Five Years Later: 10 Things You Learn Replaying Batman: Arkham Knight

How does Rocksteady's divisive Arkham threequel hold up now that it's half a decade old?

Batman Arkham Knight Comic
Warner Bros. Interactive Entertainment / DC Comics

In today's culture, it's rare for a game to universally be expected to be excellent. High profile disappointments such as Watch Dogs and Anthem have created a culture where nearly every major game release brings with it some form of trepidation.

That didn't happen with Batman: Arkham Knight.

Having produced two of the best licensed games the medium had even seen with Batman: Arkham Asylum and Batman: Arkham City, gamers and critics alike were fully prepared for Rocksteady Studios to hit another home run with the finale to their Batman trilogy. The mystery surrounding the identity of the Arkham Knight, and the inclusion of a fully playable Batmobile meant anticipation was high.

Upon release however, the reaction was much more mixed. The Arkham Knight's identity was branded a predictable disappointment, and the Batmobile sections were widely derided for being dull and out of character for Batman. These issues, coupled with a disastrous PC port that was plagued with technical faults, resulted in a much more mixed reaction than the previous two games.

These ten observations come having replayed the game nearly five years later, removed from the euphoria surrounding the its original release, which revealed certain elements of the game which may have been overlooked or under-appreciated upon release.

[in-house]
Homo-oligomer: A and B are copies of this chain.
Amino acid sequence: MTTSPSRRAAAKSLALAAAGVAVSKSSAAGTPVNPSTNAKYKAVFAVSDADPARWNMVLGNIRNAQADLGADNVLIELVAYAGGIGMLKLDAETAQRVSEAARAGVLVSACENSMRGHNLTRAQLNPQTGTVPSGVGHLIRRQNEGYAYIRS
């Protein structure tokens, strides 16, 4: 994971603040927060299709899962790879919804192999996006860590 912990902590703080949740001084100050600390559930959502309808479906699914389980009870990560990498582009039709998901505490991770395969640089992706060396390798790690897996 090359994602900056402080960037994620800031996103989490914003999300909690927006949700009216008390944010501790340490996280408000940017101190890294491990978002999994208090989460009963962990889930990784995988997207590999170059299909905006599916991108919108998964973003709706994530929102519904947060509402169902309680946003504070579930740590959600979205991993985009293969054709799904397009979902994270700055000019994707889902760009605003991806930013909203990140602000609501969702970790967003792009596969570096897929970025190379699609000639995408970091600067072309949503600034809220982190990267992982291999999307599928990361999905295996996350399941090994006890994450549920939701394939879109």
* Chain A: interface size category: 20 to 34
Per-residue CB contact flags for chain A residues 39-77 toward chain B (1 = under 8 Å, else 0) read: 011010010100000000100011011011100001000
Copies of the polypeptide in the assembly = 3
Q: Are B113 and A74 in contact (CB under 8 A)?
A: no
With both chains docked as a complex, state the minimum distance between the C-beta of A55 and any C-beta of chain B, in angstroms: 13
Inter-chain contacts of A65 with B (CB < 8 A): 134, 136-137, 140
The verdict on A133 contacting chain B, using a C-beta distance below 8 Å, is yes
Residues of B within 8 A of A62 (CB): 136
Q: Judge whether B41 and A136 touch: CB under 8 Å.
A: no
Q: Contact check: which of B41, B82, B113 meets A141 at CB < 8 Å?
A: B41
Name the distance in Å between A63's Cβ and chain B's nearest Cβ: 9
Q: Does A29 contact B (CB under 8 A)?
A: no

10. The Game's Opening Is Fantastic

Batman Arkham Knight Comic

Rocksteady had the unenviable task of reintroducing players to a Gotham which had been rocked to its core following the events of 2011's Batman: Arkham City, in which the Joker was killed and a great portion of Gotham's criminal underbelly had been wiped out by Protocol 10.

Unlike previous games, which often threw the player directly into the shoes of Batman, Arkham Knight takes a slow-burn approach. The cremation of Joker's body with Frank Sinatra's I've Got You Under my Skin blaring subverts expectations, and was a clear departure from the beginning of previous games. The surprising jump-scare and mass panic in the diner, followed by the ominous introduction of Scarecrow, immediately establishes him as a looming threat across the city, and showcases this Scarecrow as a changed man from the Asylum.

The swelling score, coupled with the sense of vastness as the camera pans across Gotham, makes the unveiling of Gotham City and the rush of finally controlling Batman feel better than ever.


Alfie Seymour hasn't written a bio just yet, but if they had... it would appear here.